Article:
Pricing strategy from a baseball perspective
Ken Nelson at The New York Times wrote a great article about pricing innovation from the San Francisco Giants baseball team. The article is titled Baseball Tickets Too Much? Check Back Tomorrow. Here is a bit of what Ken says:
Setting ticket prices to sports events requires that one hope for the best but prepare for the worst. Teams want prices high enough to cash in if they play well, but need them to be low enough to draw fans if they falter.
But because teams set their prices months before opening day and resist changing them later, they have trouble reacting to the unexpected, like the weather, winning and losing teams or, this year, the ferocity of an economic downturn.
The San Francisco Giants are experimenting with a possible solution – software that weighs ticket sales data, weather forecasts, upcoming pitching matchups and other variables to help decide whether the team should raise or lower prices right up until game day.
How many of us have reexamined and rethought our pricing philosophies lately? I think the current economic conditions present a great opportunity for all of us to look for more creative pricing strategies.
Pricing is definitely an art and not a science. Therefore, it can be an experimental endeavor and we can’t be unwilling to risk making mistakes along the way. Most of us have never really thought about pricing as a core business competency.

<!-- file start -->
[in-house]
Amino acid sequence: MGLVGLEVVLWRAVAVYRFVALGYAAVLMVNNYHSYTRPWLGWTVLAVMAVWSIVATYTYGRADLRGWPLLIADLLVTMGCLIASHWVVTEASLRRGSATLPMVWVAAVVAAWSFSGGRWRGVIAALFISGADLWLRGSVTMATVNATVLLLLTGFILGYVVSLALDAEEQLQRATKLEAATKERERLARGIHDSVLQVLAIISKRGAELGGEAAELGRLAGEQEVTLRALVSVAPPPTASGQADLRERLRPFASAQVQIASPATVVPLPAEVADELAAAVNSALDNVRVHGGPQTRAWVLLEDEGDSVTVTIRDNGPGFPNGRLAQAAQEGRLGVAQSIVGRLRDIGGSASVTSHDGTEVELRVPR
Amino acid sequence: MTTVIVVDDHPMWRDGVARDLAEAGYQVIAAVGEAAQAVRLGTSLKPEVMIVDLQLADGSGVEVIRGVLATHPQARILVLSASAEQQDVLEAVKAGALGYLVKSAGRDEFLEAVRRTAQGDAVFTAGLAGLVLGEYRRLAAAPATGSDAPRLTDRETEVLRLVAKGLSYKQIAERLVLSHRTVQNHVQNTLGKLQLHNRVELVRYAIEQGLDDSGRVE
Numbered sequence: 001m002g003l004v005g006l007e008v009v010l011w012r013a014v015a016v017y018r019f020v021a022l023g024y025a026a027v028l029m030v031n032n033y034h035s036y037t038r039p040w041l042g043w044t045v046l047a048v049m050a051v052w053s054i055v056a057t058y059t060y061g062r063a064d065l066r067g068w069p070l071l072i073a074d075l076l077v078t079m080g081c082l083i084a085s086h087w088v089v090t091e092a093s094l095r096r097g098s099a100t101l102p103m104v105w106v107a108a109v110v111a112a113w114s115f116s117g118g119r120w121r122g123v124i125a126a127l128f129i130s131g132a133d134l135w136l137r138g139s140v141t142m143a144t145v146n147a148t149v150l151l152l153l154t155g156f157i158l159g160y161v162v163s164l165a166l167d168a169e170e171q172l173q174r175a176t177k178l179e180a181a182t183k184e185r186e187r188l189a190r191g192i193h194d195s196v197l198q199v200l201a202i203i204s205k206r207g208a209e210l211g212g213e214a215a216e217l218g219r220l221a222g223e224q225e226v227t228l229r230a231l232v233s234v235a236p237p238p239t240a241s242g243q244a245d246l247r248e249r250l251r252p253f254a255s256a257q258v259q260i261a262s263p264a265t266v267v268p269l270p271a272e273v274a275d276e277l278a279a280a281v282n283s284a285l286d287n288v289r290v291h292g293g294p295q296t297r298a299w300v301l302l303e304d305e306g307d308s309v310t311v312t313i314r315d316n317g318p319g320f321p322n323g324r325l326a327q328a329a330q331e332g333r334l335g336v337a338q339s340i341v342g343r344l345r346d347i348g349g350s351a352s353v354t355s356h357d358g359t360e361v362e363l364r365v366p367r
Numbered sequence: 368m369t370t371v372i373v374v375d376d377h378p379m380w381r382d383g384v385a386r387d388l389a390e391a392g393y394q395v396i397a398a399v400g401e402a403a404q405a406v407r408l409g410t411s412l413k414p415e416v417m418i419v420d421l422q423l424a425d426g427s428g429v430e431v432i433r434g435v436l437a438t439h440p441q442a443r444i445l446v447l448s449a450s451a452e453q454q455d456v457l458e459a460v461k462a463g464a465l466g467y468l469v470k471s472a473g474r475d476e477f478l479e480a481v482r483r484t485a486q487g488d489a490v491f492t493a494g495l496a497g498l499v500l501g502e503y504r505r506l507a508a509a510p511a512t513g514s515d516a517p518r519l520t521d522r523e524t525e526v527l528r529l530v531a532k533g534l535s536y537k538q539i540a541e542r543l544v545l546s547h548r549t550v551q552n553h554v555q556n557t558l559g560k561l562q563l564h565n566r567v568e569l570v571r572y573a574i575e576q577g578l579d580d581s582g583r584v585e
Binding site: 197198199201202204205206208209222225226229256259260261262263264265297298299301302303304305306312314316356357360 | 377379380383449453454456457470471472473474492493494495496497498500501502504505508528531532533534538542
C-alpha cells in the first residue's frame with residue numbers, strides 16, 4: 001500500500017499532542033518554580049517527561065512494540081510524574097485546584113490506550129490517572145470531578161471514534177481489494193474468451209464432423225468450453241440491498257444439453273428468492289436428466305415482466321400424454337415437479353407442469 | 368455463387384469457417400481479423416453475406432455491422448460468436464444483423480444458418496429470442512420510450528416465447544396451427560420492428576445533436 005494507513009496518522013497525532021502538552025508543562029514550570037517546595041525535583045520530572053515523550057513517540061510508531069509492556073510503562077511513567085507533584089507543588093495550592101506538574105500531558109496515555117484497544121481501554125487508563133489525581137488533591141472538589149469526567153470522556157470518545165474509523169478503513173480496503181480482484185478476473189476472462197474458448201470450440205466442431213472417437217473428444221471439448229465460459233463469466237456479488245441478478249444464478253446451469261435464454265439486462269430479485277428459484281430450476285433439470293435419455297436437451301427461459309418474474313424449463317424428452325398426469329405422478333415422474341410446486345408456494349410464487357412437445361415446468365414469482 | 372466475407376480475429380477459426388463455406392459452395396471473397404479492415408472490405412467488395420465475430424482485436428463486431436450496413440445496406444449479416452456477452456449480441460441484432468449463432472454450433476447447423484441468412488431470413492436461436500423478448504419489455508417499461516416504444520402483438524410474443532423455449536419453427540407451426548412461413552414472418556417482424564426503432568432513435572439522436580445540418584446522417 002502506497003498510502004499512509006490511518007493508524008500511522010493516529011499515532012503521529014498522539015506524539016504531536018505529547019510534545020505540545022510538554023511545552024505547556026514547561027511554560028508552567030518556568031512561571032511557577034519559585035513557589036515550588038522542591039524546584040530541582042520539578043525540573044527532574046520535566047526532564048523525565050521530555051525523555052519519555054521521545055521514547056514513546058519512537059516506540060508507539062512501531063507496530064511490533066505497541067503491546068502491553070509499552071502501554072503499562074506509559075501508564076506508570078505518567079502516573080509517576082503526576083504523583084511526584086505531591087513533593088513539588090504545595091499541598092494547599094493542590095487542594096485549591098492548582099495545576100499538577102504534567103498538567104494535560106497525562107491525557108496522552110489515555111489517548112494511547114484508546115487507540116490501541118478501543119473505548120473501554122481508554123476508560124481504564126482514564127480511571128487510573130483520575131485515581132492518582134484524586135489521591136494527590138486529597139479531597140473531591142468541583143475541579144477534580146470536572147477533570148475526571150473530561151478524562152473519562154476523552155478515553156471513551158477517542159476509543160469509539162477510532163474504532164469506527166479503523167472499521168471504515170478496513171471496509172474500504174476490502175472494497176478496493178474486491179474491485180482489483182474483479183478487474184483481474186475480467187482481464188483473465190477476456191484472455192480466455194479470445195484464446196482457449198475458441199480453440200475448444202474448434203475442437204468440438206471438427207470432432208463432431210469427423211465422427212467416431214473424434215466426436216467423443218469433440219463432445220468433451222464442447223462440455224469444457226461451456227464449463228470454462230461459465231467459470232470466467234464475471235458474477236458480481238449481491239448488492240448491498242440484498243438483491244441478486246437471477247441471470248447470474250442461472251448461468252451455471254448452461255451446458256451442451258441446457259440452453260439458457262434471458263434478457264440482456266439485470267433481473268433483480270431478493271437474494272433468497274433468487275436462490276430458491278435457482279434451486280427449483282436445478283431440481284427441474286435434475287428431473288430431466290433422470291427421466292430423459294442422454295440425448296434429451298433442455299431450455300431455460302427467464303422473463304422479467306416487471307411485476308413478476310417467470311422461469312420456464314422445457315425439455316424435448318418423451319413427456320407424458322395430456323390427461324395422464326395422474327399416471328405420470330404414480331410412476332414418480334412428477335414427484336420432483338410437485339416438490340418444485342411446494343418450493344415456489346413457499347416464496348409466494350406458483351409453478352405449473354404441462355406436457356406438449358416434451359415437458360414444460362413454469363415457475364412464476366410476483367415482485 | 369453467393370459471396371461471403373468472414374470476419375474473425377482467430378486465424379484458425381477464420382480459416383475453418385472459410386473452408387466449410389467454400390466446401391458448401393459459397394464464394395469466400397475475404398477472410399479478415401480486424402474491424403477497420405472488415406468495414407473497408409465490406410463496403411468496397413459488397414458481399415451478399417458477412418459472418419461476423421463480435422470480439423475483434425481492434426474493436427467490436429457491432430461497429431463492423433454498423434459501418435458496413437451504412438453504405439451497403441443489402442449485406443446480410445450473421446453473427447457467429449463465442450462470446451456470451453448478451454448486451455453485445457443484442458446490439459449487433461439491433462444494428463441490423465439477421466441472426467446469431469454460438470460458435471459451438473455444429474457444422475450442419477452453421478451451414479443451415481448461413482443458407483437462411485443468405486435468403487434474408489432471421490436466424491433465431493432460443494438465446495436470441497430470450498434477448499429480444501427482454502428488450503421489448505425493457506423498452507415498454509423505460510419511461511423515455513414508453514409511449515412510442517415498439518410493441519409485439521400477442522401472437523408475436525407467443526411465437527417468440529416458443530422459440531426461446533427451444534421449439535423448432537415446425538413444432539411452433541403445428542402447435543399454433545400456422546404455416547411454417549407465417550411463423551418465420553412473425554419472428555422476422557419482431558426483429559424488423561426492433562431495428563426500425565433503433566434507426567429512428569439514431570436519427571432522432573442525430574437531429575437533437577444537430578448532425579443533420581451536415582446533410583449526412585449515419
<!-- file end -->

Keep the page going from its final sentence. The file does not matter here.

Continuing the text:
For us, it was whatever Sage somehow magically decided was retail price for software plus an hourly rate for our services that our customers certainly did not have any input in determining (who would dream of such a thing!). That wasn’t much of a strategy and was certainly more prone to mistakes because it was basically a random approach to pricing. We were saying: one size fits all. I don’t know of any two companies that are exactly alike so that strategy couldn’t possibly have worked.
At the Giants level, implementing pricing software to assist with setting prices probably makes sense. However, for most of us I think pricing strategy will still be set by people. I like the idea of establishing a pricing group within the company and involving people from different areas of the company (not just the sales department). I think it is valuable to include people who are outside of your company. We continue to take this approach by asking customers how they would like to do business with us.
An economic downturn is the perfect time to introduce innovative thinking into your business and innovative pricing is the most powerful change you can make.